Variables Impacting Lymph Node Assessment in Colorectal Resection Specimens Removed for Adenocarcinoma
O Tawfik, BF Kimler, DH McGregor, F Fan. Kansas University Medical Center, Kansas, KS; Radiation Oncology; Kansas City VA Medical Center, Kansas, MO
Background: Recent data suggest that higher number of nodes evaluated in colon cancer colectomy specimens is associated with better survival, regardless of pathologic findings. Recommendations from the American College of Surgeons, the American Society of Clinical Oncology and others mandate the harvesting of at least 12 nodes in colectomy specimens for adequate assessment. Number of nodes harvested is not only being used as a benchmark for both surgeons and pathologists but is also proposed to be of significance for payment strategies to surgeons and institutions by insurance companies. Recent published studies contradict this concept and argue that the above association is complex and is uncontrolled for a variety of confounding variables. The objective of this study is to evaluate the impact of several key confounding factors on our ability to harvest at least 12 nodes per colectomy specimen.
Design: We reviewed 306 colon cancer colectomy specimens from 2 academic medical centers, including 177 from Kansas University Medical Center (KUMC) and 129 from The Kansas City Veterans Affairs Medical Center (VAMC) from 2003 to 2007. Factors evaluated included tumor size, grade, stage, site, number of positive nodes and length of colectomy segment removed. In addition we compared the number of nodes removed in the 2 sites and whether individual surgeons had an impact on number of harvested nodes.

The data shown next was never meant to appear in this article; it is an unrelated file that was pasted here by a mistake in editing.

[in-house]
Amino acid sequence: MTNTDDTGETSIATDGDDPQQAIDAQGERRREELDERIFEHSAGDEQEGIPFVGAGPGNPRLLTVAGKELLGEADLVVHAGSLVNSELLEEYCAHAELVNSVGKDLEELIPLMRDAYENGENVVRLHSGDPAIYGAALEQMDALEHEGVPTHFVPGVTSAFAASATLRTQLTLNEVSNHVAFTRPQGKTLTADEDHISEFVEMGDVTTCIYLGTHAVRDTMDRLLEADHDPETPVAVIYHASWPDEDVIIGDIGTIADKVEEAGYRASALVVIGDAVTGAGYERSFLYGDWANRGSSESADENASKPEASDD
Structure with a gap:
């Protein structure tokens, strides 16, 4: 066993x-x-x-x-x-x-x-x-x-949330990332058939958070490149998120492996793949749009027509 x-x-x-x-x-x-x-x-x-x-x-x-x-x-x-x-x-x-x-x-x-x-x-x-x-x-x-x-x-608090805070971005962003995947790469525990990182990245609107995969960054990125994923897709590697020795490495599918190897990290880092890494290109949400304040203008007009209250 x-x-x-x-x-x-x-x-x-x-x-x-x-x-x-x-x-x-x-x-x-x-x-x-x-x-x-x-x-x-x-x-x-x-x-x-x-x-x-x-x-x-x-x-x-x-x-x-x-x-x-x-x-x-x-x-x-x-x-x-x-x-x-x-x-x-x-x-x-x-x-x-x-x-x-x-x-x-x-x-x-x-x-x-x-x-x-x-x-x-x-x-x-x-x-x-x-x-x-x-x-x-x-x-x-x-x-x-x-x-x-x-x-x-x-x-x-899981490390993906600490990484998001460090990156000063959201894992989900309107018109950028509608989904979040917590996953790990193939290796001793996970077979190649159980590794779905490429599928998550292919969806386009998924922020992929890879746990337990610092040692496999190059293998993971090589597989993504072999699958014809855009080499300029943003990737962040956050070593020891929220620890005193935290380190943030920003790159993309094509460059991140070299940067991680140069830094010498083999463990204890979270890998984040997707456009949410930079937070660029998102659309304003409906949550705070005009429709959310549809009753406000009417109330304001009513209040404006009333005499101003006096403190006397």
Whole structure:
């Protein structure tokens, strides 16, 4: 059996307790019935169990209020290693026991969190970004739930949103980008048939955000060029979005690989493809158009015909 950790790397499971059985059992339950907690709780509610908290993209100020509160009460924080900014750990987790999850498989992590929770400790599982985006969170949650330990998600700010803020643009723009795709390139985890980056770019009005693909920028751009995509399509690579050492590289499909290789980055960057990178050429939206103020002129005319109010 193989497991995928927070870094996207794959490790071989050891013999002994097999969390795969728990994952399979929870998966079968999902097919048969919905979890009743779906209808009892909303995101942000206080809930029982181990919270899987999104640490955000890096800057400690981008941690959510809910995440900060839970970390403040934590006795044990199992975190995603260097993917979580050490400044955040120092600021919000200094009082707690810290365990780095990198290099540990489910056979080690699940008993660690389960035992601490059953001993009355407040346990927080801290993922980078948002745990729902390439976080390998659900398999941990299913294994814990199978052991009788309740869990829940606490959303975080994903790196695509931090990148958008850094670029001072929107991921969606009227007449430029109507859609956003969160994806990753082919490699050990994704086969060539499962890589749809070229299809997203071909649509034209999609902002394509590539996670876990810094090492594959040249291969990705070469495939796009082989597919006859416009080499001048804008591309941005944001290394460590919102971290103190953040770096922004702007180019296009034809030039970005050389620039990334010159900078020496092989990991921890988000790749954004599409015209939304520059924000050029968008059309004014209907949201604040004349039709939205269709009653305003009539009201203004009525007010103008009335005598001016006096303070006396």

Results: The likelihood of harvesting >12 nodes is correlated with larger tumor size, higher grade and stage and specimens longer than 21 cm. More nodes were harvested from the right colon (mean=13 nodes), followed by descending (12 nodes), transverse and rectosigmoid (10 nodes, each). Surgery date didn't have an impact on number of harvested nodes. Number of positive nodes correlated with tumor grade, but not with tumor site, size, linear length of specimen or 12 nodes or more harvested. More cases from the VAMC were likely to harvest at least 12 nodes compared to KUMC. That was not related to tumor size, grade, stage, tumor site or length of segment removed. It was noted however, that 2 of 10 surgeons at the VAMC performed 76% of cases. There were 21 surgeons at KUMC; none performed more than 12% of the cases.
Conclusions: Number of harvested nodes is primarily influenced by prognostically significant parameters mainly related to tumor biology. The potential impact of surgeon's experience and the type of surgery performed needs further evaluation.
Tuesday, March 10, 2009 8:15 AM
Platform Session: Section C, Tuesday Morning